Palm Sunday – Youth Pilgrimage

I. Introduction – Feeling Uncomfortable
We have just listened to and shared in a reading from St. Luke’s Gospel about the suffering and death of Jesus Christ. As you just saw, three people read various parts of that that Gospel reading: one served as the narrator – to keep the story moving; another served as Christ – to highlight what Jesus said and did; still another took the part of various people who were involved in the Lord’s death – for example, Peter or Pontius Pilate . . . And the congregation, all of you, took the part of the crowd.

I have to tell you something. Taking the part of the crowd in the reading of the Lord’s passion and death makes me uncomfortable. I’ve never liked saying the words, “Crucify him! Crucify him!” Sometimes I have thought to myself, “If I had been there when the Lord was on trial, I wouldn’t have joined the crowd in shouting for the Lord to suffer and die. I’m better than that! I would have defended the Lord!” Maybe you’ve thought the same thing.

II. Better Than What?
A long time ago, I realized I needed to pray about this feeling – that somehow I would have been better than the people who were in the crowd calling for the Lord to be crucified . . . or that I would have been better than the disciples who abandoned Jesus, the Apostle Peter who denied the Lord, or Pontius Pilate who lost control of the crowd and let Jesus be condemned.

So, what would I have done when people were shouting for Jesus to die? Would I have risked my own life by walking up to Pilate’s Judgment Seat to plead for Jesus’ life, to defend him? Would I have pleaded with the people all around me in the crowd not to condemn an innocent man who had said and did such good things – a man they were cheering just a few days before? We’d all like to think that we would have done these things – but probably not. How often we go along with the crowd – we call it “peer-pressure”. We don’t like to be out of sync with what everyone else is thinking or doing – even if, deep down in our hearts, we know it’s wrong.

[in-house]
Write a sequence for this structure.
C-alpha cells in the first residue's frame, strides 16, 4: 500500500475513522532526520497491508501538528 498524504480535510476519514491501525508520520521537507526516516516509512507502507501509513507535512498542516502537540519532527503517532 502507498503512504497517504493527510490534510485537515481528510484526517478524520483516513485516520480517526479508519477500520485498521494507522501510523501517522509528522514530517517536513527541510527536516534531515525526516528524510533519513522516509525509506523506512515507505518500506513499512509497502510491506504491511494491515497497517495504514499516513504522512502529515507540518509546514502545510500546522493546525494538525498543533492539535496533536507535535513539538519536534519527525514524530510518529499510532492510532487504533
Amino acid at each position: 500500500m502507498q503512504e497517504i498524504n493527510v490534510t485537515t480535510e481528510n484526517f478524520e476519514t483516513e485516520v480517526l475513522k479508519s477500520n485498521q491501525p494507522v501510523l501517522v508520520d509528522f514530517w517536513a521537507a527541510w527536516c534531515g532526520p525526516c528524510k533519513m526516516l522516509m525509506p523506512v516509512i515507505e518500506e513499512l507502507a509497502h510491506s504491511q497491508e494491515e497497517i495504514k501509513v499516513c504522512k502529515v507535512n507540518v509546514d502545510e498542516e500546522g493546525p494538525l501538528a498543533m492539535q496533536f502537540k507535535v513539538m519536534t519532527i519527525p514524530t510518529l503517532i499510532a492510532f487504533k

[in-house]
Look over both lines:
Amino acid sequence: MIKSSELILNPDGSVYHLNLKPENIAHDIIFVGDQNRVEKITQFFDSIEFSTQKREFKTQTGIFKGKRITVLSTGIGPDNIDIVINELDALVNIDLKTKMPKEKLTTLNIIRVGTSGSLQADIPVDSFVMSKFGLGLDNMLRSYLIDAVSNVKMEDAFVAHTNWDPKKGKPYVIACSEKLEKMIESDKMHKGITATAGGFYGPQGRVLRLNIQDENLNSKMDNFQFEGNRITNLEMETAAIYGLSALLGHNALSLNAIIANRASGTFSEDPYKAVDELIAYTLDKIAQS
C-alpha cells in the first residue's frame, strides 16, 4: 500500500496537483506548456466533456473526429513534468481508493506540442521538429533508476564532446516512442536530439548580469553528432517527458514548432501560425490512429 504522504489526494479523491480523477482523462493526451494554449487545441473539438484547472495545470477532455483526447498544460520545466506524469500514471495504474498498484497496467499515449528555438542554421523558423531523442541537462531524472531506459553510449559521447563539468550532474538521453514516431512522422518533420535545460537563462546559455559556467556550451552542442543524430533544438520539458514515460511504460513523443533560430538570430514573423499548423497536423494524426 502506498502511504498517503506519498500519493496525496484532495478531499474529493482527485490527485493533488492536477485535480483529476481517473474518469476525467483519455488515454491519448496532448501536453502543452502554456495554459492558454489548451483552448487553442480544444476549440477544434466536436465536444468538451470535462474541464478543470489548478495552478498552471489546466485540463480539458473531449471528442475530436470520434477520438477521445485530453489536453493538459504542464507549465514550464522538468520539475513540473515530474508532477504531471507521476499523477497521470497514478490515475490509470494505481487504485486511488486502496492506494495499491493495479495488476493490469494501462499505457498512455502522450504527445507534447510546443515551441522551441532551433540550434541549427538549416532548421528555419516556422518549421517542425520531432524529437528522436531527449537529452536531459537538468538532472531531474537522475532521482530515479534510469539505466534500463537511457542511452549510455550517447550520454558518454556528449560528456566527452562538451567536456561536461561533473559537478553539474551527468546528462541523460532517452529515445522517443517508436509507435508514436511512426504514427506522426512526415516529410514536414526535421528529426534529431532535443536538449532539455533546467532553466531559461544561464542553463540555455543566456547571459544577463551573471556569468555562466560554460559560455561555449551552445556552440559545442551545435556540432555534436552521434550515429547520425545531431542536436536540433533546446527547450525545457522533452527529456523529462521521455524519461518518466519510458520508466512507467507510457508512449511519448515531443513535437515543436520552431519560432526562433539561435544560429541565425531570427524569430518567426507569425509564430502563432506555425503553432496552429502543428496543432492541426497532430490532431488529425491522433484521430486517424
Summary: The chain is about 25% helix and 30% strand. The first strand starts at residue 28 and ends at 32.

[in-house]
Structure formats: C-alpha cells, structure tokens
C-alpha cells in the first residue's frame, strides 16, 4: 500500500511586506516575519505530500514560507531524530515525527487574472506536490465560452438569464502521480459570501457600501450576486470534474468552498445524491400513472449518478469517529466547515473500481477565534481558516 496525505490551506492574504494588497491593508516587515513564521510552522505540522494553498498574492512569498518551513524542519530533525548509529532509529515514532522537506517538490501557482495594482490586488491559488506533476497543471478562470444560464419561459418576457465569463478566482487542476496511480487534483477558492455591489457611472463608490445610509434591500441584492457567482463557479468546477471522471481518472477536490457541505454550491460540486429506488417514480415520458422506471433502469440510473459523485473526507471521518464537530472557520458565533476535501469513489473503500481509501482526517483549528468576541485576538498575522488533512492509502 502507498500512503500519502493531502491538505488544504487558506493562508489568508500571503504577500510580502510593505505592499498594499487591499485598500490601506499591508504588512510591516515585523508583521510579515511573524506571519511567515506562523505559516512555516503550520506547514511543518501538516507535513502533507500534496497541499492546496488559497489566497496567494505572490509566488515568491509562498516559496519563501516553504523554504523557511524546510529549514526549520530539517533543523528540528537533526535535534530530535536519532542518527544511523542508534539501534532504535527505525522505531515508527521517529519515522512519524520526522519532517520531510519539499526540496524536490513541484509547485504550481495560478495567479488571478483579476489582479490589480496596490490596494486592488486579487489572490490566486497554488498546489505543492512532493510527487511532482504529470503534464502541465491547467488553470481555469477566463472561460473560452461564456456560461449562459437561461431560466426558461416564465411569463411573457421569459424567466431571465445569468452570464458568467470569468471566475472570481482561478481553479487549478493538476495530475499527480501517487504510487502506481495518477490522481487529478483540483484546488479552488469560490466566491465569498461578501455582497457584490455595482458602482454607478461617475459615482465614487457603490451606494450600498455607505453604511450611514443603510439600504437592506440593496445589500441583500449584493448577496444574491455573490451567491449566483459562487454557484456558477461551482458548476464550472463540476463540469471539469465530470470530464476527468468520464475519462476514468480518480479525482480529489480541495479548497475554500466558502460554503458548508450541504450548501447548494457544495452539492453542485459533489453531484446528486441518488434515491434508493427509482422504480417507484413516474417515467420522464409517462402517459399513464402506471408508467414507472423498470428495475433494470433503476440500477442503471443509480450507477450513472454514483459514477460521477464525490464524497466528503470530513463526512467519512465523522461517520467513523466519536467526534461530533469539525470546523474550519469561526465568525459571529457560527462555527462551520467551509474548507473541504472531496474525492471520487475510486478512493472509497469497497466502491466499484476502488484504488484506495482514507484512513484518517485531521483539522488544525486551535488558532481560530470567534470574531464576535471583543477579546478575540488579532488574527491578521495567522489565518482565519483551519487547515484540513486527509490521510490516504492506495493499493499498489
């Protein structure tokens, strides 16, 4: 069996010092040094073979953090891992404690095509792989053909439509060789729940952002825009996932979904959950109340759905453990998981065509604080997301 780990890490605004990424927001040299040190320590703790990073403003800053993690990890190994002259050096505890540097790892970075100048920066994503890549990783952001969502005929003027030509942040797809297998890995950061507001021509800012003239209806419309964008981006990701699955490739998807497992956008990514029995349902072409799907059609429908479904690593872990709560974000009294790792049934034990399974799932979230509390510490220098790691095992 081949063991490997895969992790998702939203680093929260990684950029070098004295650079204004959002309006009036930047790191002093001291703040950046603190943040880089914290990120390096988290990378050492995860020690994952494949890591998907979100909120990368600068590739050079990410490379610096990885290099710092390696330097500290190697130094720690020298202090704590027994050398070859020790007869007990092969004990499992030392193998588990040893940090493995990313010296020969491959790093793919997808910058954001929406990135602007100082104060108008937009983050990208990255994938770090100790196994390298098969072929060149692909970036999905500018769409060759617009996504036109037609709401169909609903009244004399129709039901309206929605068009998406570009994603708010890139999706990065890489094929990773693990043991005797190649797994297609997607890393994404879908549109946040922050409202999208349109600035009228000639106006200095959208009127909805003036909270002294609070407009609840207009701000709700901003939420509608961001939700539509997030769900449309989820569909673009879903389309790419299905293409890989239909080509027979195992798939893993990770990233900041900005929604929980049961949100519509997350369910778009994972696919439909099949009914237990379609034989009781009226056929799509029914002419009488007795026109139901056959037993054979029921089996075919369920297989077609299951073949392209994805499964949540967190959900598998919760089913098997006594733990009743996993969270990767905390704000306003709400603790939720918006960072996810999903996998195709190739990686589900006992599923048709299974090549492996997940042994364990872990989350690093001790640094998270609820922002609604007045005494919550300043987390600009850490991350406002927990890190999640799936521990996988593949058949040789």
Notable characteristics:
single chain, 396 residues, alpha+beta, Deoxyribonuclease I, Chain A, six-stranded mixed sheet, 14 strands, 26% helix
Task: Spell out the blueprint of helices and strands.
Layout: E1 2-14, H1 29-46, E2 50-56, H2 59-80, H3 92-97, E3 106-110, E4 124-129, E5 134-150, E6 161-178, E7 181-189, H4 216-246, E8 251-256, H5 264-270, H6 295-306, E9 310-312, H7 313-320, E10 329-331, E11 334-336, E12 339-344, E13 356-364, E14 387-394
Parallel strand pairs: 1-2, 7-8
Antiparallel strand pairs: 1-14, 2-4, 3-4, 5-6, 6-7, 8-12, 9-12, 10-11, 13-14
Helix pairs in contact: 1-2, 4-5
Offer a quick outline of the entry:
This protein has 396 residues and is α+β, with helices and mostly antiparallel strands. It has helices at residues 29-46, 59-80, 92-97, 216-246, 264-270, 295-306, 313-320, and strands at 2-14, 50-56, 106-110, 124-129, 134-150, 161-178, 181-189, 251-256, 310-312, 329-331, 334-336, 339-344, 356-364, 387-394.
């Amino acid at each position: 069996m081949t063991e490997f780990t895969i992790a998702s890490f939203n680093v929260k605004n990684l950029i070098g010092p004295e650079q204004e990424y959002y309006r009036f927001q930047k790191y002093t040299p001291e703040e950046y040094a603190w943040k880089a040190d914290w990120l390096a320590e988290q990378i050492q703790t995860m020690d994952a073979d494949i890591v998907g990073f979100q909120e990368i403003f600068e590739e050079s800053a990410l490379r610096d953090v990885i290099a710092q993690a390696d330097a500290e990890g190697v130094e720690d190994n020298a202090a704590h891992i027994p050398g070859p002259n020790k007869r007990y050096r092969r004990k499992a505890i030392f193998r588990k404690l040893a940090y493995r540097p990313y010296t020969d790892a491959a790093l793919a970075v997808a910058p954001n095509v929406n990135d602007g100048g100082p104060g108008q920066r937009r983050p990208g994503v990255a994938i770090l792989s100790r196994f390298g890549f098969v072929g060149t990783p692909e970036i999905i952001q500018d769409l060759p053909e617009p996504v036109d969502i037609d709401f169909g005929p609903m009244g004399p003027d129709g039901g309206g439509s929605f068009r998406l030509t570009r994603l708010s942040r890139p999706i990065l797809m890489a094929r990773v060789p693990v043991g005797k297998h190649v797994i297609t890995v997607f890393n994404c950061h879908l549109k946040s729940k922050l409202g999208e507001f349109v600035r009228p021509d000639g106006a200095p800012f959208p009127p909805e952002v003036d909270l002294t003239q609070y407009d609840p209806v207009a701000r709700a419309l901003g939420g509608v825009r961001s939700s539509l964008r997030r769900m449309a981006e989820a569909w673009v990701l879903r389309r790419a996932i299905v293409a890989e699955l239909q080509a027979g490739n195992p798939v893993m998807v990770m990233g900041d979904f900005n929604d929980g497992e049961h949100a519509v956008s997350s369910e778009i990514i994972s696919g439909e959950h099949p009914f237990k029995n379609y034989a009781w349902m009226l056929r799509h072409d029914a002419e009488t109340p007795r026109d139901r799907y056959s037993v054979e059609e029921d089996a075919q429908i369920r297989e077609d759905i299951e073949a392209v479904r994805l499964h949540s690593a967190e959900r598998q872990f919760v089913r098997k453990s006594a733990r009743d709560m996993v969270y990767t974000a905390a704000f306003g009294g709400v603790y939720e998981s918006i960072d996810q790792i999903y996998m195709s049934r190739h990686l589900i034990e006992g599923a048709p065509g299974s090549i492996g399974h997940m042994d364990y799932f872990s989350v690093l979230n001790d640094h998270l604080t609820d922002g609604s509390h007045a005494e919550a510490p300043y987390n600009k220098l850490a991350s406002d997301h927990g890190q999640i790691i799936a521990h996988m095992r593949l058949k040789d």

Or let’s take the case of the Apostles who went into the Garden to pray with Jesus after the Last Supper. Jesus was in agony because he was about to die for the sins of the whole world. What did his closest followers do? Instead of praying with Jesus in his most difficult hour, they fell asleep. “How could they do that?” I thought one night, as I drifted off to sleep in the little chapel in my residence. How often we think we’re too sleepy or too busy to get to Sunday Mass or to spend a little time each day with the Lord in prayer.

How about Peter whom the Lord put in charge of the other Apostles? He denied that he even knew the Lord and he did this not once but three times . . . and he did this after promising to defend the Lord to the very end. I’d certainly like to think I would have been better than that . . . better than what? Every time we commit sin, we deny the Lord. We are saying not so much by words but by our actions, that we don’t belong to the Lord but instead to the world. And so often I find myself committing the same sins over and over again, confessing the same sins again and again . . . how patient the Lord is! Again and again he asks me and he will ask you this too – “Do you love me?” “If you love me,” he says, “keep my commandments” (John 14:15).